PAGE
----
The hands-on touch of stop motion animation is a welcome antidote to increasingly digital CGI films, as well as a fast track to extreme quirkiness in hands of filmmakers like Michel Gondry, Wes Anderson and, most recently, Charlie Kaufman in his cruelly affecting tale of modern isolation, “Anomalisa.” Marrying a highly unrealistic visual style with a painfully realistic pace, Kaufman’s human characters do things the Fantastic Mr. Fox never dreamed of. At least, I would prefer to go ahead with my life assuming Mr. Fox didn’t do them.

As a writer, Charlie Kaufman produced some of the most inventive films of the last couple of decades, namely “Eternal Sunshine of the Spotless Mind” and “Being John Malkovich,” which were directed, respectively, by Michel Gondry and Spike Jonze. His 2008 directorial debut of his own material, however, produced a thunderously boring and pretentious, commercially disastrous movie, “Synecdoche, New York.” Many critics adored his brave efforts, but I found his commitment to capturing the ennui of existence too successful, and fell sound asleep. “Anomalisa” was funded on Kickstarter, leaving Kaufman the creative freedom to make a movie that was a weird as he wanted it to be.

(Photo | Starburns Industries) Charlie Kaufman’s stop-motion protagonist Michael Stone breaks out of a mundane routine in “Anomalisa,” currently available to rent.

(Photo | Starburns Industries) Charlie Kaufman’s stop-motion protagonist Michael Stone breaks out of a mundane routine in “Anomalisa,” currently available to rent.


And indeed, weird it is. “Anomalisa” dramatizes the experience of extreme isolation by exploring a very rare psychological problem called the Fregoli delusion, a belief that different people are in fact the same person. The protagonist Michael Stone (voiced by David Thewlis of “Harry Potter”) is a terribly depressed but successful motivational speaker, on a 24-hour stint in Cincinnati for a speaking engagement and staying at the Hotel Fregoli. As he encounters a cab driver, checks into his hotel and calls his wife, we slowly realize that every other character that isn’t Michael is voiced by the same person (Tom Noonan).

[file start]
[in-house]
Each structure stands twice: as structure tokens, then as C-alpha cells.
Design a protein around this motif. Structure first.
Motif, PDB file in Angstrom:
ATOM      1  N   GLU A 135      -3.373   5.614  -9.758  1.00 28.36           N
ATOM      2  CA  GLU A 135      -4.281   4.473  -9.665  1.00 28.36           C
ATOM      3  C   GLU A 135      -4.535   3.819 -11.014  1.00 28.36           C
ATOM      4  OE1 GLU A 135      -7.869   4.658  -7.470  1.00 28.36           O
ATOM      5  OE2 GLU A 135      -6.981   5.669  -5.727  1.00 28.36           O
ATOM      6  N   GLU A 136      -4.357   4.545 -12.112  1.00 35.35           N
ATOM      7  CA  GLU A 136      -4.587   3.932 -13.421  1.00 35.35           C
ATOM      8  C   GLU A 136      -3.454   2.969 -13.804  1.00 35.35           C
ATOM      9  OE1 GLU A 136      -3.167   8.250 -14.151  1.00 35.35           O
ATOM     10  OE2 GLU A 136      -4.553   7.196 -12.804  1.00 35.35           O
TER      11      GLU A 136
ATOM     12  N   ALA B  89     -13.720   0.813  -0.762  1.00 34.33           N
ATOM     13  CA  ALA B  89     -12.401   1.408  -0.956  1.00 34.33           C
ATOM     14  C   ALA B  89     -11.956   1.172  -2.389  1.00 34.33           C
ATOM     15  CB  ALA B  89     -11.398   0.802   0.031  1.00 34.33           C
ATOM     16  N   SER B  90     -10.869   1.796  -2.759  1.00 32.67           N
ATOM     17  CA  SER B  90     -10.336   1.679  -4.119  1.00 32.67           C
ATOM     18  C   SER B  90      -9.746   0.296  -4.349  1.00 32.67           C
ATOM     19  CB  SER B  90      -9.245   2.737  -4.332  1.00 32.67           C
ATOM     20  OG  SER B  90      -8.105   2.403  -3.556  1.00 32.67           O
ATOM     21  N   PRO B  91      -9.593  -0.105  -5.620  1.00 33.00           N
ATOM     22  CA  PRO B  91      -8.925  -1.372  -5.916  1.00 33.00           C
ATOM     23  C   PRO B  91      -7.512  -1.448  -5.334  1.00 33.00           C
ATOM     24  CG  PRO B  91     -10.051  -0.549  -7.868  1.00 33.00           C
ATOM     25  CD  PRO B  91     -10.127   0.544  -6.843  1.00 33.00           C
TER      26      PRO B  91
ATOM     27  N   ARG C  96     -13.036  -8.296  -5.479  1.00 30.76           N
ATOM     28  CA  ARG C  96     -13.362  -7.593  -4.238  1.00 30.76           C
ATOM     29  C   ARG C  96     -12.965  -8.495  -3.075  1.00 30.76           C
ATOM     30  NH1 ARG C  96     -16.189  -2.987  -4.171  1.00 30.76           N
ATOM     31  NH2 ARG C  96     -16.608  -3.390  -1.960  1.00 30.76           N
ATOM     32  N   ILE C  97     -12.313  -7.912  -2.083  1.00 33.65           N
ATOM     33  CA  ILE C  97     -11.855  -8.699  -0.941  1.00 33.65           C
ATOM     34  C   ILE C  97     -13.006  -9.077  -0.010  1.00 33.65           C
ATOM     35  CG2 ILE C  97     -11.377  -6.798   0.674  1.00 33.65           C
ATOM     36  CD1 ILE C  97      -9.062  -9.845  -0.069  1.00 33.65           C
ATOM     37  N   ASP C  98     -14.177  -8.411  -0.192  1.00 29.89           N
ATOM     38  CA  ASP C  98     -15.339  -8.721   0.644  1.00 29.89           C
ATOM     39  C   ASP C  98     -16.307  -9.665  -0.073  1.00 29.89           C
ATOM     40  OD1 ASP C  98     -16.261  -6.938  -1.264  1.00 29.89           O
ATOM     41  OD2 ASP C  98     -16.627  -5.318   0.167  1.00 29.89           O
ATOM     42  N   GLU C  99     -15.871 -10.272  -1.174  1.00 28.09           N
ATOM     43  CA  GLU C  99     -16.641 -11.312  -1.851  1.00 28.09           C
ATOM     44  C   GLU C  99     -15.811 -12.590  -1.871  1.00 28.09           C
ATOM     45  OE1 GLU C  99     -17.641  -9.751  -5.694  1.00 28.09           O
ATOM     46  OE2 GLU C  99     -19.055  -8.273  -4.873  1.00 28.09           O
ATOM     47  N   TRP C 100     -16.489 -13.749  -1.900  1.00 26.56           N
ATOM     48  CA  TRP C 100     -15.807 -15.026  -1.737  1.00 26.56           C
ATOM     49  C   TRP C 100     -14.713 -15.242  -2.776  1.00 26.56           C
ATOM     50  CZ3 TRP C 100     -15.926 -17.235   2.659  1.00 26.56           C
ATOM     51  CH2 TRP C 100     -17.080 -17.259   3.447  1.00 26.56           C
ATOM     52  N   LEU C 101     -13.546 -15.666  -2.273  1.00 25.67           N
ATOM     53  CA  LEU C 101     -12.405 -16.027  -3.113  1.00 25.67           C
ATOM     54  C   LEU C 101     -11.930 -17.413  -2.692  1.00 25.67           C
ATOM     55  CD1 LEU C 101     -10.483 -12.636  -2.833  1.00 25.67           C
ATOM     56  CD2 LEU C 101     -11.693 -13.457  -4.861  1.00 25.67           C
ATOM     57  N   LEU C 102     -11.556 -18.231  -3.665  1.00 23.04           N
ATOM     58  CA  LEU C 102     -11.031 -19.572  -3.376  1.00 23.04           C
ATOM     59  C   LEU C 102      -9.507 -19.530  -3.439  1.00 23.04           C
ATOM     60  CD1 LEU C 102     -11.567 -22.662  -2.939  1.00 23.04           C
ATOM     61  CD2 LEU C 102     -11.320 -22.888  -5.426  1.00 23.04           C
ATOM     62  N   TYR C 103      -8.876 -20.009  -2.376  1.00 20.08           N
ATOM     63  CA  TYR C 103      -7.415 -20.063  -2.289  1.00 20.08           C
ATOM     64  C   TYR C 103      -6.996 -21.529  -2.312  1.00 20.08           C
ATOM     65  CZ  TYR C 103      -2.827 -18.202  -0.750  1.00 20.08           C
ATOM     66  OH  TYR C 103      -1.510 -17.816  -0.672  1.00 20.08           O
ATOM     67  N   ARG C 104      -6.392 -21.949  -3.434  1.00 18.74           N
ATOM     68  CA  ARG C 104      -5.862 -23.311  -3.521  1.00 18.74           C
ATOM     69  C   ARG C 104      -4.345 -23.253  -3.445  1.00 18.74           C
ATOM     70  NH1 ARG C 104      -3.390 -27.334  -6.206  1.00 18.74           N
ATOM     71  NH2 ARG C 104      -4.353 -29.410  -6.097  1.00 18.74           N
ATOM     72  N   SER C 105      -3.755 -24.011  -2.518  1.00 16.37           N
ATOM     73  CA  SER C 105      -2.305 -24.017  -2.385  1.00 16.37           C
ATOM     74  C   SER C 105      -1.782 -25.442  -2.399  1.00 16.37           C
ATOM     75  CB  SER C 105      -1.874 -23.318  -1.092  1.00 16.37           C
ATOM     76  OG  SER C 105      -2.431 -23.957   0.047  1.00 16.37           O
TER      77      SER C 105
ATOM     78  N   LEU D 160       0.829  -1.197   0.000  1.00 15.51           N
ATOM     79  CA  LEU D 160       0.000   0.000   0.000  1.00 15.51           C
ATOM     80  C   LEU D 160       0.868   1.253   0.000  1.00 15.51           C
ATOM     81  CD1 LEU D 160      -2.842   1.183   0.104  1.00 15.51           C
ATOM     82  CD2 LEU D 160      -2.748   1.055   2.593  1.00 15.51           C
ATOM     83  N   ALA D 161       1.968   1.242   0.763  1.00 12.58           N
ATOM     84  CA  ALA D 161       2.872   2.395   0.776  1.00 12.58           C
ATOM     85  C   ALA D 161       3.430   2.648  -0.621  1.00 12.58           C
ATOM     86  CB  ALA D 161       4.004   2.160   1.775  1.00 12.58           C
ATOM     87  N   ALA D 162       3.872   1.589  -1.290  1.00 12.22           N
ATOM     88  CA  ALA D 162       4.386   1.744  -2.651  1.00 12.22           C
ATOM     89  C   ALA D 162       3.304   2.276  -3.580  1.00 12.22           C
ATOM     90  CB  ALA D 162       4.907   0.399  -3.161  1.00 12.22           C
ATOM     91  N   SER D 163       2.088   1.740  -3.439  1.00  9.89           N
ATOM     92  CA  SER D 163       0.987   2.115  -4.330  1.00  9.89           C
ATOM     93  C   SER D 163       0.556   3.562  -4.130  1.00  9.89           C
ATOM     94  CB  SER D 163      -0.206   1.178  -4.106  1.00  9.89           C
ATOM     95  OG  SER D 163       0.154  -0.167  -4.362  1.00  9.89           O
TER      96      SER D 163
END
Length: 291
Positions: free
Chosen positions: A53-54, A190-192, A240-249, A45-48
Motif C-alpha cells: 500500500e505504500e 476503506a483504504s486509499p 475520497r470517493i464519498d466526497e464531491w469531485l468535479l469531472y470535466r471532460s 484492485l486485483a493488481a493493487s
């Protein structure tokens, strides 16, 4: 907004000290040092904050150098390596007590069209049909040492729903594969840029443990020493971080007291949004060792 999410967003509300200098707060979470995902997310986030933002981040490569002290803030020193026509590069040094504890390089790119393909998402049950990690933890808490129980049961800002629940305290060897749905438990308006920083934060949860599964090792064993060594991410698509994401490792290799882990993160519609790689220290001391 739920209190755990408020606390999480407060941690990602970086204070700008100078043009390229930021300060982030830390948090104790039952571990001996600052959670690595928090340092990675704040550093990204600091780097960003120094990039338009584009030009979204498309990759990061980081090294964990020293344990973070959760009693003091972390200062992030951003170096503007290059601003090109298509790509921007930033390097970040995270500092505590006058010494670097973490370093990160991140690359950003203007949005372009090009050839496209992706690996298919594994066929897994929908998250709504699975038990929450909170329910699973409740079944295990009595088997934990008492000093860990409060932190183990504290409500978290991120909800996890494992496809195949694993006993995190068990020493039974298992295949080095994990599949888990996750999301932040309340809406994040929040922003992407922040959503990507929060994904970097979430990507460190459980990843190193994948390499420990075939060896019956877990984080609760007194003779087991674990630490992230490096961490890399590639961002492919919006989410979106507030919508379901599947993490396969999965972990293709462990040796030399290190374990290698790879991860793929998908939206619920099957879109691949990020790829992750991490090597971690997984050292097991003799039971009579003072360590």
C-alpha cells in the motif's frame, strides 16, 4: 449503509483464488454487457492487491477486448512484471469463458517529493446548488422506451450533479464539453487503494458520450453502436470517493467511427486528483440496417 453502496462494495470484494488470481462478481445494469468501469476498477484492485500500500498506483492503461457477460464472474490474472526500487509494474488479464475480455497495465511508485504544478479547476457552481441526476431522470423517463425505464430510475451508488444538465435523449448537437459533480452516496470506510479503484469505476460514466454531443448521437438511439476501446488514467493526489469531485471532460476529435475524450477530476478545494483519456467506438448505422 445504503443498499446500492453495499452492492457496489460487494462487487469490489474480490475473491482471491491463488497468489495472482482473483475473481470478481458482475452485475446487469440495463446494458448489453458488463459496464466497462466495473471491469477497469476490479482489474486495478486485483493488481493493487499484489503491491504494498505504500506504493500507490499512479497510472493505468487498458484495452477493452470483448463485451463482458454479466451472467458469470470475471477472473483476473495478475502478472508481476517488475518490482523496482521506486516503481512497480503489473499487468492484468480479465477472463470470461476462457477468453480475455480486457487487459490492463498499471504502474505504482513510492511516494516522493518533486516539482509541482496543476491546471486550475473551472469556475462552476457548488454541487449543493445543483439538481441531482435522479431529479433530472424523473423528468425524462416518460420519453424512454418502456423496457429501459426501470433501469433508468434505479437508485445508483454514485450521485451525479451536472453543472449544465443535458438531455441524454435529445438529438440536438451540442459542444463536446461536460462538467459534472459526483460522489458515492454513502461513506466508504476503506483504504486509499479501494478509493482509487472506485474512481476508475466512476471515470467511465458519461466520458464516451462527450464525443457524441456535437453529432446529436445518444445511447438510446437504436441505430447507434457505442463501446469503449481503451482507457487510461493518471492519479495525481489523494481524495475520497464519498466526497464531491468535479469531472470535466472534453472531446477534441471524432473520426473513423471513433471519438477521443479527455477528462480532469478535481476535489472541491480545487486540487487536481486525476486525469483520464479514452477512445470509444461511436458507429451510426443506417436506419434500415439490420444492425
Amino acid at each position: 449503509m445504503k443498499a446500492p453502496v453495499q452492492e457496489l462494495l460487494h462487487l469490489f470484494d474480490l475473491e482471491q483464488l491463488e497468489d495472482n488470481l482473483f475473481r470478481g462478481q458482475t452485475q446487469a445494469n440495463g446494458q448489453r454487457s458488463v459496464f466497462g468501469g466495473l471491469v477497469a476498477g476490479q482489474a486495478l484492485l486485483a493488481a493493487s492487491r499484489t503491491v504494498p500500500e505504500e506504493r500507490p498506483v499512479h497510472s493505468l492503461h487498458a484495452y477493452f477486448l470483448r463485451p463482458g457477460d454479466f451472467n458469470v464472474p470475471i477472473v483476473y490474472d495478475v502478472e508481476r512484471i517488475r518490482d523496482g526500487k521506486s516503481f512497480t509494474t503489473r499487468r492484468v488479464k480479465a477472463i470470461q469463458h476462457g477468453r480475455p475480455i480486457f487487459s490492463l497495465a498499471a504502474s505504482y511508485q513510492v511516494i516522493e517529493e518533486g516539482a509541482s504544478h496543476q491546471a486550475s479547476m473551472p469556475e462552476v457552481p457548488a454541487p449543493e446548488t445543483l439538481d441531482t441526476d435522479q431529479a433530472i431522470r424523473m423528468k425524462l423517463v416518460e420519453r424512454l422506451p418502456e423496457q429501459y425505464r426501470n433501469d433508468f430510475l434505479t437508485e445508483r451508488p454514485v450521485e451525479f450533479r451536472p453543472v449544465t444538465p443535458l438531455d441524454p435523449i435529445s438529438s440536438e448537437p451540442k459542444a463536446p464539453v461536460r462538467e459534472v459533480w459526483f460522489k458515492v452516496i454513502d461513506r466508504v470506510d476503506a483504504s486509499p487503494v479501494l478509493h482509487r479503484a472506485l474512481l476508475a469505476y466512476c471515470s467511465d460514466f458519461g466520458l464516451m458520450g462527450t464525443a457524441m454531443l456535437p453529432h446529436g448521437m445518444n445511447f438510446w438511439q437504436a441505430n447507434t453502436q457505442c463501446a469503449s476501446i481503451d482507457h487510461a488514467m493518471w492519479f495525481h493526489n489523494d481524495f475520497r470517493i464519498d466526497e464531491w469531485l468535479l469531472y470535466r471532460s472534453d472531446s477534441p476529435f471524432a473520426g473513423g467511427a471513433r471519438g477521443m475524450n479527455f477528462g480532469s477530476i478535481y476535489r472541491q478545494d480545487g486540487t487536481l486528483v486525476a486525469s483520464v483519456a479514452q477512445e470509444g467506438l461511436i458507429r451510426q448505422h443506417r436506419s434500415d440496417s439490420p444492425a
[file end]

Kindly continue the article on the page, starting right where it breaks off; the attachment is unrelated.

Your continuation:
These weird, sad puppets literalize the philosophical questions of the film; they are actually manipulated, and they all have identical faces and voices. The puppets are basically realistic, yet have visible lines where their jaws attach, and at one point, Michael’s falls off. With undeniable artistry, Kaufman has created a tiny, nightmare mirror of the real world, a truly uncanny valley that pushes existential despair to the limit (maybe past it).

Michael tries to reconnect with an old girlfriend, who is still devastated over their sudden and inexplicable breakup a decade earlier, and generally moves like a zombie through his surroundings. Suddenly, in the din of matching voices, he hears someone else and rushes to find her. The owner of the one different voice is Jennifer Jason Leigh, a vivacious but insecure fan, and the two spend the night together. Meanwhile, his wife and son call, demanding gifts, and the all-night “toy store” nearby sells only adult toys. Michael brings a gift home anyway, presenting it to his son in the film’s claustrophobic conclusion.

Kaufman’s dedication to expressing depression and boredom sometimes works too well. While the experience of witnessing a lengthy, extremely realistic sexual encounter between two anatomically correct, paunchy, scarred puppets, moving towards one another despite crippling self-doubts, was unforgettable and artistically incredible, I also longed for it to end. Thinking about this remarkable film after watching it, I recognize countless interesting things about it, but I cannot say the experience of watching it was something I enjoyed.       
“Anomalisa” is currently available to rent.